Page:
Sustainability on a plate at Galjoen

Seafood’s the star at Galjoen.

By Richard Holmes

For chefs Neil Swart and Anouchka Horn, the journey to their latest restaurant began with a simple question.

In a seaside city with a thriving culinary scene, why are there so few – if any? – great seafood restaurants?

And not those quayside fish and chips joints that do a fine line in ‘catch of the day’ served battered or grilled. Where were the restaurants with a healthy dose of creativity in the kitchen? Places that would truly give South African seafood a chance to shine?

“For a coastal city, it’s just so strange that there’s a lack of restaurants celebrating the incredible fish and seafood from the oceans on our doorstep,” says Swart.

Happily, the pair have provided the answer to their own question with the opening this week of Galjoen, a seafood-focused restaurant offering relaxed fine dining with a firm commitment to sustainability.

While no strangers to the Cape’s restaurant scene, Swart and Horn really made a name for themselves when they opened Belly of the Beast in August 2018. With a set menu served to just 24 (fortunate) diners each sitting, ‘Belly’ offered a culinary journey in which diners happily put themselves in the hands of the chefs and let them dictate what was served.

The experience at Galjoen follows a similar structure, with a set menu – created by Head Chef Isca Stoltz – dictated largely by what’s fresh off the boats that day. Vegetarian diners can be easily accommodated, but strict vegans and those with nut or shellfish allergies cannot. Picky eaters with a long list of dietary preferences? You’ll probably be happier eating elsewhere.

Holding diners to a set menu may prompt debate around how much agency diners should be given, but for Horn and Swart, it’s all about creating a unique culinary journey that will both delight and challenge their guests.

And there are other issues at play too.

“A set menu allows us to keep waste to an absolute minimum,” says Swart. “We really try to keep our kitchens as sustainable as possible, and by offering limited seating and a single menu we are able to order and prepare precisely what we need each day.”

Also key to the ethos at Galjoen is a commitment to sustainable sourcing. While sustainability has various interpretations, for Swart and Horn it’s about celebrating what swims in South African seas.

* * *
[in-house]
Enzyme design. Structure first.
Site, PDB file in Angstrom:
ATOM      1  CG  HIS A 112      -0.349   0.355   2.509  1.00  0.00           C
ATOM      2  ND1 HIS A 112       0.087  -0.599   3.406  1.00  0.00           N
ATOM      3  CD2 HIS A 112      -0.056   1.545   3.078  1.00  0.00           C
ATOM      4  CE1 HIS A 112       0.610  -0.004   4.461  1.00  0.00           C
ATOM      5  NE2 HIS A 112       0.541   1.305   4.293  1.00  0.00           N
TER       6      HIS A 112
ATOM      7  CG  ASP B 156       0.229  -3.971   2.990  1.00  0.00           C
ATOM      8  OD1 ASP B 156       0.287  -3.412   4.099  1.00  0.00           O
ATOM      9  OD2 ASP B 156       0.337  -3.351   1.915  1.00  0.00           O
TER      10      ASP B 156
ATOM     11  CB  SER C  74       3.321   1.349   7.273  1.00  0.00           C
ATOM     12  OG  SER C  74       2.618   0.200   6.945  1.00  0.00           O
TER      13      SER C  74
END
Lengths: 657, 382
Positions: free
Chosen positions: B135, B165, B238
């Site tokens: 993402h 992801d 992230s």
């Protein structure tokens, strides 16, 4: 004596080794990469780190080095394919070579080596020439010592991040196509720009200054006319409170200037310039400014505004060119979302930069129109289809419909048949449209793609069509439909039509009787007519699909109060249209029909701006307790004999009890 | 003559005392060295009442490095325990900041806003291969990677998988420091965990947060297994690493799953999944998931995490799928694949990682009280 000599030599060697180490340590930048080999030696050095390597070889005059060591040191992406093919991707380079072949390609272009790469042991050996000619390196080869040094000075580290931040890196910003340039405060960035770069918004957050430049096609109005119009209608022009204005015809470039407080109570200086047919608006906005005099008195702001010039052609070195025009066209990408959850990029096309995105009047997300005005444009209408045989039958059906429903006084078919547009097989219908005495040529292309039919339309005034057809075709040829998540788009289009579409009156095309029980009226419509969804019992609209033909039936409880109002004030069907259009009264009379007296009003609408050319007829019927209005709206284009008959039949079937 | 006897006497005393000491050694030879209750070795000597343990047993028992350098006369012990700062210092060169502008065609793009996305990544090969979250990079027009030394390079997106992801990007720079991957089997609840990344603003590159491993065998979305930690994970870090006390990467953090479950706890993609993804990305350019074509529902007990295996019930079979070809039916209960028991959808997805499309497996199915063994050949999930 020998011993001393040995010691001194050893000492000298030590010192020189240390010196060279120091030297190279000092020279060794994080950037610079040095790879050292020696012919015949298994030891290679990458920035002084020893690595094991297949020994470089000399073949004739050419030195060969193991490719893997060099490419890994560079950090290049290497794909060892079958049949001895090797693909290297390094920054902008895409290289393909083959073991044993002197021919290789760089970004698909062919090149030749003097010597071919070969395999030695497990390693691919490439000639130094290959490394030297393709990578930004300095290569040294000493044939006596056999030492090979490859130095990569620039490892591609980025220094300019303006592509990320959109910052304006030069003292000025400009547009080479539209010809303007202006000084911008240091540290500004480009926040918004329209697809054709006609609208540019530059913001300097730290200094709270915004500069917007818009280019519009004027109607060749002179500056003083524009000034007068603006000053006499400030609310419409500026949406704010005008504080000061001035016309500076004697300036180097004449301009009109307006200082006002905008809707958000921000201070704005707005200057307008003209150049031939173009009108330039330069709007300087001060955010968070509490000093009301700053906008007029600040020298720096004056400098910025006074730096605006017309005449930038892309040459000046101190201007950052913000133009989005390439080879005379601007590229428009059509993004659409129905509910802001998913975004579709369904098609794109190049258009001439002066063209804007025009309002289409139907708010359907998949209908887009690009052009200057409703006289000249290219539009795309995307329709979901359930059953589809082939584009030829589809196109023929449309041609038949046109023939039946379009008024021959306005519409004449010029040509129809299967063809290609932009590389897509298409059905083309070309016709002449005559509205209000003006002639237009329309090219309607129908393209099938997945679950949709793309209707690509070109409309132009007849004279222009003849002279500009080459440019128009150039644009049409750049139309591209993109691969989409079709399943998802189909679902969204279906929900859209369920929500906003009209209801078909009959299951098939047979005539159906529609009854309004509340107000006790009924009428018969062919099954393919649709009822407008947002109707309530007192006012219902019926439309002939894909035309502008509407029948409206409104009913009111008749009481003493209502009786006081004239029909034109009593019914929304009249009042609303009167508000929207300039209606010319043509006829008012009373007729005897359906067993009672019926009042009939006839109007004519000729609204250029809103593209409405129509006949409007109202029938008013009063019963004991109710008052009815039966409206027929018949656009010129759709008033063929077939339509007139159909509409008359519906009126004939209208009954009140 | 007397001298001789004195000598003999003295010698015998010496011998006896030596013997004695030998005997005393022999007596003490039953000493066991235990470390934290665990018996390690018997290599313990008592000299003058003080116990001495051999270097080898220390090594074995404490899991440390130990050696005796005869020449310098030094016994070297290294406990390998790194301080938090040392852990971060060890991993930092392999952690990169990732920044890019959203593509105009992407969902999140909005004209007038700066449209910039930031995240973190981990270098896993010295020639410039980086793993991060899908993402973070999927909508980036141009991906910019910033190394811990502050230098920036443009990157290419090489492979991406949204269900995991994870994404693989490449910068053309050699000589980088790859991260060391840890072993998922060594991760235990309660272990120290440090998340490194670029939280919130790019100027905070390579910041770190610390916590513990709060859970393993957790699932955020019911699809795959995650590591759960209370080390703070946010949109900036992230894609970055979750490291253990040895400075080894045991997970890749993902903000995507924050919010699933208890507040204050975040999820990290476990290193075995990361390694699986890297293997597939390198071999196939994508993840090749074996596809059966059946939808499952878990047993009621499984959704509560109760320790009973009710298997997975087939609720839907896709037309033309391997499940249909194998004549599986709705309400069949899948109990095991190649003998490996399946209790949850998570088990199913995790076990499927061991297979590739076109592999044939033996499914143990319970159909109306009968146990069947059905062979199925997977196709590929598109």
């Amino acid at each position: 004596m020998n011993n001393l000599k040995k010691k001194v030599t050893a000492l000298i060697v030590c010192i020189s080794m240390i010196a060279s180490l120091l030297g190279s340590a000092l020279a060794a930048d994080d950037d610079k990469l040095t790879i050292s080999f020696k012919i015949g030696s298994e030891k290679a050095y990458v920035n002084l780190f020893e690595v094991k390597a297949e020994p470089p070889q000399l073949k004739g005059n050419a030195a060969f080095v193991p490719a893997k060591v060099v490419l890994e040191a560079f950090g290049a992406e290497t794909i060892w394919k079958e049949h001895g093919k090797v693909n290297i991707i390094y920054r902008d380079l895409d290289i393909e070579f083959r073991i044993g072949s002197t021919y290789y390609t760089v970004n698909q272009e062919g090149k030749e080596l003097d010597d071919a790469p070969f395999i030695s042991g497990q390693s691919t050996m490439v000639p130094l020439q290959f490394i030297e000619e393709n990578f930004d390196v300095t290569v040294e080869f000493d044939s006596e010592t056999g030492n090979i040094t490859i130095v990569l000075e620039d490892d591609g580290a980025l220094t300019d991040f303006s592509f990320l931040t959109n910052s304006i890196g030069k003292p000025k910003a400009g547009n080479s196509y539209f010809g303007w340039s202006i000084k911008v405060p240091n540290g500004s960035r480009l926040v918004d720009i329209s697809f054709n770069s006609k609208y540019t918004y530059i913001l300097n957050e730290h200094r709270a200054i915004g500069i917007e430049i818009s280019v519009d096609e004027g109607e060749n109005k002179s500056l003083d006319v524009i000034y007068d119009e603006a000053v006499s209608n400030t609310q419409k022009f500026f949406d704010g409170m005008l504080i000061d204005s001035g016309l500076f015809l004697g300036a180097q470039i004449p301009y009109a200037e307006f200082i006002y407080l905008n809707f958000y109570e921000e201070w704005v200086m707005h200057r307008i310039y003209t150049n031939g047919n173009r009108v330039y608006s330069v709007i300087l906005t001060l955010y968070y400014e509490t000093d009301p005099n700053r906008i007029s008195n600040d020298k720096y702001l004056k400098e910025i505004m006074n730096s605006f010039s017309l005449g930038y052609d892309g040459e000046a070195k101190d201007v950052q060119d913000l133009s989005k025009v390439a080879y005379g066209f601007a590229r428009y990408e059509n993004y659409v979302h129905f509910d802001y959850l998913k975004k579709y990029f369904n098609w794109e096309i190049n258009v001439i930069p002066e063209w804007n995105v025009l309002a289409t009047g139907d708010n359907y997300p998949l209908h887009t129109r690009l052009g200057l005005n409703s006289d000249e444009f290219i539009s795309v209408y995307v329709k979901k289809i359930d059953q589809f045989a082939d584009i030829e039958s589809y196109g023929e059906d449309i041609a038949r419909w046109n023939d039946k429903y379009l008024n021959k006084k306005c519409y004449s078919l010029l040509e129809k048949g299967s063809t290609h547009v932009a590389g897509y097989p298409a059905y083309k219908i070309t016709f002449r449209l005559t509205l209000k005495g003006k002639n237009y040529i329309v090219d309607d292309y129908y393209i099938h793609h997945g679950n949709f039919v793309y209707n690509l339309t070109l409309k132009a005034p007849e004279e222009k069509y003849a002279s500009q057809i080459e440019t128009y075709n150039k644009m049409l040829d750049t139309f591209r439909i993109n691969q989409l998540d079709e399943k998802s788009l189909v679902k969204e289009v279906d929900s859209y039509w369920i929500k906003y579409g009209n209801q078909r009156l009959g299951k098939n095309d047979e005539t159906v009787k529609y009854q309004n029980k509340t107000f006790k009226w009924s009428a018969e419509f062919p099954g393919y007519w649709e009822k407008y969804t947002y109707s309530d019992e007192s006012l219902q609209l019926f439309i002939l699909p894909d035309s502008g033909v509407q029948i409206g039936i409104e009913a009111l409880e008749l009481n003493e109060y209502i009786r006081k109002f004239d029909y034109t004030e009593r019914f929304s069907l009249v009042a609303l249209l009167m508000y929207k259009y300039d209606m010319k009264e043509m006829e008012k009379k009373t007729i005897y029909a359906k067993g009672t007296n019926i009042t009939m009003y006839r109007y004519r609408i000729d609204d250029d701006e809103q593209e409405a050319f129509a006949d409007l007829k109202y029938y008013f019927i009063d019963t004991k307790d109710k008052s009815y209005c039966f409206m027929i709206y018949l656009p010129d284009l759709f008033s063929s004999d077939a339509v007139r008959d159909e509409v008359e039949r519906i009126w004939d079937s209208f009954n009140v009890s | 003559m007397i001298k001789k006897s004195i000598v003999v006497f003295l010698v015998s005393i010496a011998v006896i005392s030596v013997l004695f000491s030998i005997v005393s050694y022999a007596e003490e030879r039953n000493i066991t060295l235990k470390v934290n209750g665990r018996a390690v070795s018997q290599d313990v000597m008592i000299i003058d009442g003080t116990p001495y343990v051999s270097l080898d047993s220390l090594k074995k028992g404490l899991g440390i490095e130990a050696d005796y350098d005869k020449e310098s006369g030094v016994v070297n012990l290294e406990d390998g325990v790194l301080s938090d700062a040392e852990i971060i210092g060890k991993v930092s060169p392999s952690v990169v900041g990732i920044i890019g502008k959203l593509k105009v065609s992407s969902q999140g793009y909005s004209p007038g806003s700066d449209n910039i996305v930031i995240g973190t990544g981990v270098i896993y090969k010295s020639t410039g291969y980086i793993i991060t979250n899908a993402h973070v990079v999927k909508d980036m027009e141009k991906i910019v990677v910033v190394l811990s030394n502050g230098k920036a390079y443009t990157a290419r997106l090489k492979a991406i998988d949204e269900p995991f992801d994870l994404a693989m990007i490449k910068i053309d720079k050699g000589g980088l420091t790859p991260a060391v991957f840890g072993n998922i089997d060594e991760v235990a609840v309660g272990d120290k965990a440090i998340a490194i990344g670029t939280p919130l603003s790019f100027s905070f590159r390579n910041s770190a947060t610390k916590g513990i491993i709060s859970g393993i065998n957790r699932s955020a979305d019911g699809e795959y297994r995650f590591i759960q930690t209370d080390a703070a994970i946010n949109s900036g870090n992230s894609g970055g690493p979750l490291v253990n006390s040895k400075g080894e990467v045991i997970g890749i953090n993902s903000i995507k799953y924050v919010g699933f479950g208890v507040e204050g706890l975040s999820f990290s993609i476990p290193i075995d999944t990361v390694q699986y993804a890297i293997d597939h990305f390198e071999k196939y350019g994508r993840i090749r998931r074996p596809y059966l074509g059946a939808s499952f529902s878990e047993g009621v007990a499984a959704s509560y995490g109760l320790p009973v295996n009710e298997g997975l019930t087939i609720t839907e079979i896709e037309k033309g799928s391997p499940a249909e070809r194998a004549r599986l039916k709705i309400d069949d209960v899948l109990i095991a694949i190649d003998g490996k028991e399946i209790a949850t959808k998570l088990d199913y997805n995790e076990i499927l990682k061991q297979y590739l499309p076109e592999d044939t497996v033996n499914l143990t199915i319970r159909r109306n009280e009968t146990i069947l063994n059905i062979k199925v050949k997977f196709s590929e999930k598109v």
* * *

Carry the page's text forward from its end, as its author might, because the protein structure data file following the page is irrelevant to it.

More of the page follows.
“People come to Cape Town and eat imported seafood, and that just makes no sense to us,” says Horn. “From the beginning, we decided we’re not going to cook with anything that’s imported. No prawns from Vietnam. No salmon from Norway. No calamari from Argentina.”

To that end Galjoen has partnered with some of the Cape’s leading seafood merchants, from The Mussel Monger to Abalobi and Greenfish; suppliers who provide a range of seasonal seafood caught largely by self-employed artisanal fishermen.

While some chefs may find that restrictive, at Galjoen it opens up the menu to a world of unsung discoveries. Seasonal highlights – the likes of yellowtail and snoek – will certainly make an appearance but also expect to find less fashionable fish on the menu.

“We have had incredible chub mackerel from Abalobi. We’ve used haarders before. I love silwers. Cape Bream is incredible. There’s katonkel, and Skipjack tuna. These are all amazing fish that you don’t often see on the menu,” enthuses Swart.

And you certainly won’t see the namesake galjoen on the menu: it’s red-listed by SASSI, and cannot be sold commercially. But for Horn and Swart the name was the perfect opportunity to “raise awareness of our national fish and spark a conversation with our guests around sustainability in seafood,” says Swart.

It’s a conversation that’s woven into every aspect of the dining experience, whether it’s the oyster tank filled with rocks foraged by Stoltz herself – and expect more sustainably foraged ingredients down the line – or the bespoke crockery hand-made by local ceramicist Amelia Jacobs.

Alongside ceramic interpretations of mussel and perlemoen shells, also look out for the clever plates modelled on a cast-off oil carton, a subtle commentary on plastic pollution in our oceans.

“There’s more plastic than fish in the seas!” says Swart. “We all have a part to play in that, and we really do want to make people think a little more closely about the oceans when they dine at Galjoen.”

And that’s precisely the allure of Galjoen. It’s a restaurant that’ll make you think twice. Firstly, about the state of our seas, and how we can relate to them more sustainably. And secondly, why it took Cape Town so long to open a restaurant like this?


99 Harrington Street, Cape Town.
Lunch, R550pp. 12h30 Wednesday to Saturday
Dinner, R750pp. 18h45 Tuesday to Saturday

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